Why the underperforming Temple Bar investment trust will deliver again
Temple Bar, the value-focused investment trust, has had a dreadful year, but new managers should turn it around.
Few investments have fallen from grace as quickly as Temple Bar (LSE: TMPL). Last year the £1bn flagship of the UK equity-income sector returned 29%, 10% ahead of the FTSE All-Share index, and its shares traded close to net asset value. However, the pandemic has been disastrous for the high-yielding recovery stocks backed by its manager, Alastair Mundy. This year, the net asset value has fallen 48% and the share price 56%. The 3.7% yield that it offered back in January has provided scant compensation, especially as the 70% fall in revenue per share in the first half showed it to be unsustainable.
Under new management
Mundy departed on grounds of ill health in April and last month Temple Bar’s board appointed Nick Purves and Ian Lance of RWC Asset Management, a firm set up in 2000 that now has £13bn under management. Arthur Copple, Temple Bar’s chairman, announced that the trust would be sticking to the “value” style of investment, given that “UK equities are trading at their greatest discount to world equities for 50 years and UK value stocks are trading at their greatest ever discount to growth”. RWC offered “by far the strongest investment proposition” and he pointed to the total return over 20 years generated by Purves and Lance of 234% against 122% for the All-Share index.
Sceptics have countered that the shorter-term record of Purves and Lance’s RWC Income Opportunities fund has been poor. Over five years, it is at the bottom of the 77-strong global equity-income sector, according to Morningstar, with a return of just 7.7%. Brokers are adopting a “wait and see” attitude until the new managers have established a record. “We view Temple Bar as a medium to longer-term turnaround story that may require its existing shareholders to be patient for a while yet,” says Winterflood.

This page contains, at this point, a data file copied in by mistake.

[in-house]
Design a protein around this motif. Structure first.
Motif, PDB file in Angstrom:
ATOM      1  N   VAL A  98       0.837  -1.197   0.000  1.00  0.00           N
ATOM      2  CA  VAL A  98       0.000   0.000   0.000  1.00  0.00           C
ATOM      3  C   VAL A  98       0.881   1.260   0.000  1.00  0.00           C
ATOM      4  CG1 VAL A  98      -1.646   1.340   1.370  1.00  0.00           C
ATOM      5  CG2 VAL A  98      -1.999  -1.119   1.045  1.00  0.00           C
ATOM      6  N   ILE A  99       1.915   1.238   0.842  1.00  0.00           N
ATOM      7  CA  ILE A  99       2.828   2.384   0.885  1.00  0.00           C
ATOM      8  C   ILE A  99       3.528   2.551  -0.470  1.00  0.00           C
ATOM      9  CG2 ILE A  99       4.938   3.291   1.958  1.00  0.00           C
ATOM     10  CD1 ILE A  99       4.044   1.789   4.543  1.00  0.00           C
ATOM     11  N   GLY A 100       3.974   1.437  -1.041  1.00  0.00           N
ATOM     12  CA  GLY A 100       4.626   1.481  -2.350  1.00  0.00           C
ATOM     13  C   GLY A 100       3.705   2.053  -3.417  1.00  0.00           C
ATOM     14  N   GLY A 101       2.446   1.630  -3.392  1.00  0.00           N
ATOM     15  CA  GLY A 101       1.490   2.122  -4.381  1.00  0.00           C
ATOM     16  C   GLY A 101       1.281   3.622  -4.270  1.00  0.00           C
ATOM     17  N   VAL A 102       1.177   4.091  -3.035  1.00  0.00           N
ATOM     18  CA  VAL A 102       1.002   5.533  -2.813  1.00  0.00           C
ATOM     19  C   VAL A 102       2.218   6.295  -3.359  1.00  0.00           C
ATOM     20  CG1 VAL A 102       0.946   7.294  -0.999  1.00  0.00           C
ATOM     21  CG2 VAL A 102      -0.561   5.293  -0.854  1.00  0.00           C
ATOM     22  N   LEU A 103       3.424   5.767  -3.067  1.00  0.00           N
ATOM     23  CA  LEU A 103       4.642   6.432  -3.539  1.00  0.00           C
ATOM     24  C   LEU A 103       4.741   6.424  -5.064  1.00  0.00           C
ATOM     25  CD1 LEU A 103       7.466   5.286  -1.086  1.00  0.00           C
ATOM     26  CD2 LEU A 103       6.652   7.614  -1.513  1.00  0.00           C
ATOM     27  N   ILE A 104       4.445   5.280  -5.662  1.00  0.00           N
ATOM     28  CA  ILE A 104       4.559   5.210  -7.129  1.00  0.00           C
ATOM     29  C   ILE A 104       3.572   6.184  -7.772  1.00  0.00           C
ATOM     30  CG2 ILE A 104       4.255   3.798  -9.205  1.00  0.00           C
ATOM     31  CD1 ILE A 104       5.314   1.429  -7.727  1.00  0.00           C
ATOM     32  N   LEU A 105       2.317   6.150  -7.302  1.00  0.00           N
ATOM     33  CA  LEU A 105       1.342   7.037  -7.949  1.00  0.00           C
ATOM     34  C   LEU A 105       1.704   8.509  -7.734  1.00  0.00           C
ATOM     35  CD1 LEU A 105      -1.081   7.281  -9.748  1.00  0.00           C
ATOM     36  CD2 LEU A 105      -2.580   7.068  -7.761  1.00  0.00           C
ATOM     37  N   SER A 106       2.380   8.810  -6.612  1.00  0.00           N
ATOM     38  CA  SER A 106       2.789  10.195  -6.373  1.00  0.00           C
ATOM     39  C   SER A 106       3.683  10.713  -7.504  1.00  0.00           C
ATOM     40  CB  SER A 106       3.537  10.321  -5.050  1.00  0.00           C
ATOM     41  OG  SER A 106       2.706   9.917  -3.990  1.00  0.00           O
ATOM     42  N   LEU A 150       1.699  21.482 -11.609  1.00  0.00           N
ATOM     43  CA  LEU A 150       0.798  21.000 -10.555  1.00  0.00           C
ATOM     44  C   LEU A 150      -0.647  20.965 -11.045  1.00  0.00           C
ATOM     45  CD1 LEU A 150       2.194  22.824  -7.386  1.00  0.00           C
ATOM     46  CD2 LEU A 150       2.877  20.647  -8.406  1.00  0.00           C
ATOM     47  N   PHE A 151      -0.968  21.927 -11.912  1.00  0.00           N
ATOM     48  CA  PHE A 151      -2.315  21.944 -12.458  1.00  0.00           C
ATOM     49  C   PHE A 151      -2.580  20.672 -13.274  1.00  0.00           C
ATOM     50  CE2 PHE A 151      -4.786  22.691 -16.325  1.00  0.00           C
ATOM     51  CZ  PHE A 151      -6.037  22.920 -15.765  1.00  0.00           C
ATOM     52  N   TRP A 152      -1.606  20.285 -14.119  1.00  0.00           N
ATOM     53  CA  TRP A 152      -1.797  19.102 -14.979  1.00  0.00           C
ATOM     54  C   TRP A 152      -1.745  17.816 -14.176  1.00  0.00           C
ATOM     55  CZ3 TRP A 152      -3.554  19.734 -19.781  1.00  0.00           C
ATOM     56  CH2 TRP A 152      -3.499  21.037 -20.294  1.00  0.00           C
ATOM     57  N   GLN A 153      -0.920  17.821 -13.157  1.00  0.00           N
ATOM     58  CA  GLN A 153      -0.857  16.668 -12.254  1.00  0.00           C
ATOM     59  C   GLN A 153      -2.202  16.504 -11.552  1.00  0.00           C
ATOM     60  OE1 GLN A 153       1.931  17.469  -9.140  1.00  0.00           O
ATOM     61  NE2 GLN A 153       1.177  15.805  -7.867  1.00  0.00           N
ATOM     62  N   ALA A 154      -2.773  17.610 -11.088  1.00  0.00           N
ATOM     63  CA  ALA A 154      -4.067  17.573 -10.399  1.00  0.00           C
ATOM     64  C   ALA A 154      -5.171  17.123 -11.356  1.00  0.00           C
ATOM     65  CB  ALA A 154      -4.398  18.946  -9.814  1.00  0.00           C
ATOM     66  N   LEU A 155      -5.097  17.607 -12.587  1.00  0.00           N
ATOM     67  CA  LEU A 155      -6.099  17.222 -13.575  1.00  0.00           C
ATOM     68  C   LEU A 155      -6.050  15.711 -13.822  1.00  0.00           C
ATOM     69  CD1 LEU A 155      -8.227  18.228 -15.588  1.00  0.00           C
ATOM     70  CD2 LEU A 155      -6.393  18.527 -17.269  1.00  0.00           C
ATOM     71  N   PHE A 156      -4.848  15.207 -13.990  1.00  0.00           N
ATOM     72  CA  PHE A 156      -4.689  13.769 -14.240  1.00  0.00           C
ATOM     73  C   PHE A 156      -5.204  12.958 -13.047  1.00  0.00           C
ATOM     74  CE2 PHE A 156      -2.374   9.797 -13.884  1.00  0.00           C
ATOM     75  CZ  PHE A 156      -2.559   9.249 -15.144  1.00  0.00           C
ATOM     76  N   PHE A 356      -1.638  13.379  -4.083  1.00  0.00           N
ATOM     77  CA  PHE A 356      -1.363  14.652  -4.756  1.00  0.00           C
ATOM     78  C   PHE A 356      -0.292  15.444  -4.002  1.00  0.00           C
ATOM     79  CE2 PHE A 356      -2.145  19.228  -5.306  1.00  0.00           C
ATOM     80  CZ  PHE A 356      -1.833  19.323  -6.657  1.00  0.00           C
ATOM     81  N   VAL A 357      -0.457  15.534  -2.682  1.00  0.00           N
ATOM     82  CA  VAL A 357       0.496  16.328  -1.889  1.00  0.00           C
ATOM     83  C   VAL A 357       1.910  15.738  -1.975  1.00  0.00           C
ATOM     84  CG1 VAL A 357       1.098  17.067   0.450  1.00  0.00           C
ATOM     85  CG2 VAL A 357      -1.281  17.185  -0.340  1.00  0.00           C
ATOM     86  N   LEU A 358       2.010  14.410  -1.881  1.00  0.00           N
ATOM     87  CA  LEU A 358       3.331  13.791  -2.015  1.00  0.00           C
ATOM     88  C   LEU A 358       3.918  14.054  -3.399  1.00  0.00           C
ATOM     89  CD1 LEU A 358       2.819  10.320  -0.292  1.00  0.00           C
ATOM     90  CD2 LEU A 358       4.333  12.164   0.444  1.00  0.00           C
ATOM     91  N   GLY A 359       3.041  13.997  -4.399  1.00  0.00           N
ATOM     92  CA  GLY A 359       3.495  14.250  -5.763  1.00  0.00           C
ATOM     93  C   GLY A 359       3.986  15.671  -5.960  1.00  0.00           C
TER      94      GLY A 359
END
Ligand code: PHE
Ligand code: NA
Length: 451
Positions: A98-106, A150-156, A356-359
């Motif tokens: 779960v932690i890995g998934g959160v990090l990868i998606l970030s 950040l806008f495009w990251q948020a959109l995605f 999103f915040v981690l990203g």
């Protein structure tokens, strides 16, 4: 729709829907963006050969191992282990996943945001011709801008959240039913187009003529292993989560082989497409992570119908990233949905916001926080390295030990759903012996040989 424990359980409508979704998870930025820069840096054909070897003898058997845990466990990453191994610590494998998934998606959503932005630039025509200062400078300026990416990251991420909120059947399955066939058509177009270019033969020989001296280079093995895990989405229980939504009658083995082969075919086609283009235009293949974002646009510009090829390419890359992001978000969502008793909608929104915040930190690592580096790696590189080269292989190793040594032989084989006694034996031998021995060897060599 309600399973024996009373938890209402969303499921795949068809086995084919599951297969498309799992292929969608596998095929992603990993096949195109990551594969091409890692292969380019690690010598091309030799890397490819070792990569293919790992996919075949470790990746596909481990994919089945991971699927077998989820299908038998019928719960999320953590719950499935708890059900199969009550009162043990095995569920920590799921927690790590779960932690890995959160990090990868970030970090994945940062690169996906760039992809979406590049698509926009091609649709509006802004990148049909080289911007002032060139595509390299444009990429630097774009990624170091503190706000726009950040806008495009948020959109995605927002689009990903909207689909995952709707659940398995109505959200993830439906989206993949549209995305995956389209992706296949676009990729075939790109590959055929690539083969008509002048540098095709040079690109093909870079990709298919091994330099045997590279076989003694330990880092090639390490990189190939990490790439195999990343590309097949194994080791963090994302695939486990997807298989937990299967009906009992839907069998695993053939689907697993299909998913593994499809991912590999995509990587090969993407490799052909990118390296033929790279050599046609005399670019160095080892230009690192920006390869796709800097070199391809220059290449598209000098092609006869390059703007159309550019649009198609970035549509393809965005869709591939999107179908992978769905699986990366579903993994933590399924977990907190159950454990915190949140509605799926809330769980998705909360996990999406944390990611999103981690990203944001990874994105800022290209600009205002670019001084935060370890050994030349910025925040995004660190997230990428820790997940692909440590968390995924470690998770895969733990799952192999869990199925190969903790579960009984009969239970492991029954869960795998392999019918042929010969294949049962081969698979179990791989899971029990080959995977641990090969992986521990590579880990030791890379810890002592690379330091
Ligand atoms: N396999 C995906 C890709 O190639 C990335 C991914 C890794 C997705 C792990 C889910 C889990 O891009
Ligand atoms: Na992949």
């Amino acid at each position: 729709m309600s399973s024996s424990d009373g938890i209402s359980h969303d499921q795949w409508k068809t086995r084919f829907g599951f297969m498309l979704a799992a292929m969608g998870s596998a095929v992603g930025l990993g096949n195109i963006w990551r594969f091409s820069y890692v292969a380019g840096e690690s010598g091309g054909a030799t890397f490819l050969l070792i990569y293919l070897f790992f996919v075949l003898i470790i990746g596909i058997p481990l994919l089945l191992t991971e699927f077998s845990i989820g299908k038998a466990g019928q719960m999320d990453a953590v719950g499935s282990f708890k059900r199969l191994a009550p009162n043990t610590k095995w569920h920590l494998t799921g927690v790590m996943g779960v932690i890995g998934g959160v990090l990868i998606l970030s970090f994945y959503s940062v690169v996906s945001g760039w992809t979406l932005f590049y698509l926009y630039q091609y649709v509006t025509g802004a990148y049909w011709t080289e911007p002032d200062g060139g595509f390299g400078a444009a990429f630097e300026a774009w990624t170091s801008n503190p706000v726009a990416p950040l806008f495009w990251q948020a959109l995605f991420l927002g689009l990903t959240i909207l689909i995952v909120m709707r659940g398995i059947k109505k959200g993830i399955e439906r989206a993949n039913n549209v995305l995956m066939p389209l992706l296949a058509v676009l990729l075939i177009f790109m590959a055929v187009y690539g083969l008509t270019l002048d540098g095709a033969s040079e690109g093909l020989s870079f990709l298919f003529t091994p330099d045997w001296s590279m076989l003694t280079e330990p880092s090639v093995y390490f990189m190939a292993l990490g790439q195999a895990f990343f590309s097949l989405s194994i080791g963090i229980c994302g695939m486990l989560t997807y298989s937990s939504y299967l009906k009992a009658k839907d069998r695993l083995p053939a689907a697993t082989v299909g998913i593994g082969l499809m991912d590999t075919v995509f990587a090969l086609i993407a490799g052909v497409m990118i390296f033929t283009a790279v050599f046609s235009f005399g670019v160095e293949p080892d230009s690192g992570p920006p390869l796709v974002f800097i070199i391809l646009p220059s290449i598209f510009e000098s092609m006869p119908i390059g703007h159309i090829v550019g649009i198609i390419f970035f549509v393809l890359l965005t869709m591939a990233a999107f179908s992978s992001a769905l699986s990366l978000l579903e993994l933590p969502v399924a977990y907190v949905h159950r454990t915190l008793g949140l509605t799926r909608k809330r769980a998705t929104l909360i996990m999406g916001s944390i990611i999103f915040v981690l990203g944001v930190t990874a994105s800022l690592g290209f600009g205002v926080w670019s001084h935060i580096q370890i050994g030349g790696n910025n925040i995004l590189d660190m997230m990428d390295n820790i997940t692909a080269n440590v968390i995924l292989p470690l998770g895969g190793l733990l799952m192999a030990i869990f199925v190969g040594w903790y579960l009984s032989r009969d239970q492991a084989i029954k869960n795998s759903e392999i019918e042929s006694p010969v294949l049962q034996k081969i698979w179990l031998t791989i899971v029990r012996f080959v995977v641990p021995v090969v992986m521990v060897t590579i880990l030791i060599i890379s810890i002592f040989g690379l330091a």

However, that may be too cautious. Although the dividend has been cut by 25% and is not expected to be covered by earnings (and so won’t be increased) until at least 2022, Temple Bar’s yield of 5.8% is attractive. So is the current 13% discount to net asset value, since the trust is likely to buy back shares if this widens.
Room for improvement
RWC’s illustrative top-ten holdings show the potential for better performance. These include both BP and Shell, already held by Temple Bar. Demand for oil may have peaked last year, but is likely to decline only slowly. Major investment projects, such as deep-water exploration, are out of the question so supply could fall faster than demand, to the benefit of prices. Though BP and Shell are both committed to renewable energy, they will surely invest cautiously.
Marks & Spencer’s high-street stores are struggling, but food stores are doing well and its joint venture with Ocado gets it into home delivery. Royal Mail is benefiting from the surge in online shopping. Pearson’s online education division has struggled for years, but now faces an opportunity to make it work. Kingfisher, a pan-European home-improvement firm that owns B&Q, is little affected by online retailing.
Anglo American is well on the road to recovery from its trauma of five years ago, helped by firm metal prices, while Centrica no longer faces the threat of a hard-left government in the UK seizing its domestic assets. As an Asian bank, Standard Chartered does not face the same challenges to margins and profits that UK and European banks do. That leaves Barclays, which probably needs higher interest rates.
This does not mean that all ten will prove to be good investments, but valuations are so low that very little improvement in these or other holdings is being discounted.
Existing holders of Temple Bar should consider topping up their holdings. Non-holders should put their toe in the water with a small initial holding.